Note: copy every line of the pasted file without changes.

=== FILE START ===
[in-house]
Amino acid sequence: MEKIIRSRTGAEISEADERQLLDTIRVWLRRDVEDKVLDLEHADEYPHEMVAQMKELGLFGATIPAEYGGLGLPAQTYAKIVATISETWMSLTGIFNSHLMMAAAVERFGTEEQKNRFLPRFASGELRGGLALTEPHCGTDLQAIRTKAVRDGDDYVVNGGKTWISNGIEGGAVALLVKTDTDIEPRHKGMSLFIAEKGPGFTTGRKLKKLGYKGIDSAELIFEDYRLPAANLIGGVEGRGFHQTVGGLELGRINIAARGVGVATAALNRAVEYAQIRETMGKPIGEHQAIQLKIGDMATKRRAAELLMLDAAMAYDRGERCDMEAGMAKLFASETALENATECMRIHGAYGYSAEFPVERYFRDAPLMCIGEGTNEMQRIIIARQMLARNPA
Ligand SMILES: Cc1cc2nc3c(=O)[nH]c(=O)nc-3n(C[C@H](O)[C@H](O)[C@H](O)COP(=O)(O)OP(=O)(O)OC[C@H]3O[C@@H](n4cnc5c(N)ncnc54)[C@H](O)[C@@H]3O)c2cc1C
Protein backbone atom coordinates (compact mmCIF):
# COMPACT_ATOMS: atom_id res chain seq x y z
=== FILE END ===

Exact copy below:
[in-house]
Amino acid sequence: MEKIIRSRTGAEISEADERQLLDTIRVWLRRDVEDKVLDLEHADEYPHEMVAQMKELGLFGATIPAEYGGLGLPAQTYAKIVATISETWMSLTGIFNSHLMMAAAVERFGTEEQKNRFLPRFASGELRGGLALTEPHCGTDLQAIRTKAVRDGDDYVVNGGKTWISNGIEGGAVALLVKTDTDIEPRHKGMSLFIAEKGPGFTTGRKLKKLGYKGIDSAELIFEDYRLPAANLIGGVEGRGFHQTVGGLELGRINIAARGVGVATAALNRAVEYAQIRETMGKPIGEHQAIQLKIGDMATKRRAAELLMLDAAMAYDRGERCDMEAGMAKLFASETALENATECMRIHGAYGYSAEFPVERYFRDAPLMCIGEGTNEMQRIIIARQMLARNPA
Ligand SMILES: Cc1cc2nc3c(=O)[nH]c(=O)nc-3n(C[C@H](O)[C@H](O)[C@H](O)COP(=O)(O)OP(=O)(O)OC[C@H]3O[C@@H](n4cnc5c(N)ncnc54)[C@H](O)[C@@H]3O)c2cc1C
Protein backbone atom coordinates (compact mmCIF):
# COMPACT_ATOMS: atom_id res chain seq x y z